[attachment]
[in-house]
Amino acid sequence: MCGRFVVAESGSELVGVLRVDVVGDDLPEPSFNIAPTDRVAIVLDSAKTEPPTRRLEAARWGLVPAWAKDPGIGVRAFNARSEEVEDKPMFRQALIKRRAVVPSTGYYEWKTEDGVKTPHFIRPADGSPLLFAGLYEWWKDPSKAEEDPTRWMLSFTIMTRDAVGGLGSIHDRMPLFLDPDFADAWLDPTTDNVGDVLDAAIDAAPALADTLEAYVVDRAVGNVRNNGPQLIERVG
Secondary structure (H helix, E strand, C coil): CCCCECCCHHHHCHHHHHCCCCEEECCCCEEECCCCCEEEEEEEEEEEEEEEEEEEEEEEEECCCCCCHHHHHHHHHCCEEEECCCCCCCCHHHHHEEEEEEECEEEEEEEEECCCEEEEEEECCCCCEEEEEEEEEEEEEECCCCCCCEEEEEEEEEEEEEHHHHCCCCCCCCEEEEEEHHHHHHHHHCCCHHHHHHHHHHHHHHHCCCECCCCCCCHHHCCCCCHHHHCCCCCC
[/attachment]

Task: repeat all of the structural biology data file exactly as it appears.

[in-house]
Amino acid sequence: MCGRFVVAESGSELVGVLRVDVVGDDLPEPSFNIAPTDRVAIVLDSAKTEPPTRRLEAARWGLVPAWAKDPGIGVRAFNARSEEVEDKPMFRQALIKRRAVVPSTGYYEWKTEDGVKTPHFIRPADGSPLLFAGLYEWWKDPSKAEEDPTRWMLSFTIMTRDAVGGLGSIHDRMPLFLDPDFADAWLDPTTDNVGDVLDAAIDAAPALADTLEAYVVDRAVGNVRNNGPQLIERVG
Secondary structure (H helix, E strand, C coil): CCCCECCCHHHHCHHHHHCCCCEEECCCCEEECCCCCEEEEEEEEEEEEEEEEEEEEEEEEECCCCCCHHHHHHHHHCCEEEECCCCCCCCHHHHHEEEEEEECEEEEEEEEECCCEEEEEEECCCCCEEEEEEEEEEEEEECCCCCCCEEEEEEEEEEEEEHHHHCCCCCCCCEEEEEEHHHHHHHHHCCCHHHHHHHHHHHHHHHCCCECCCCCCCHHHCCCCCHHHHCCCCCC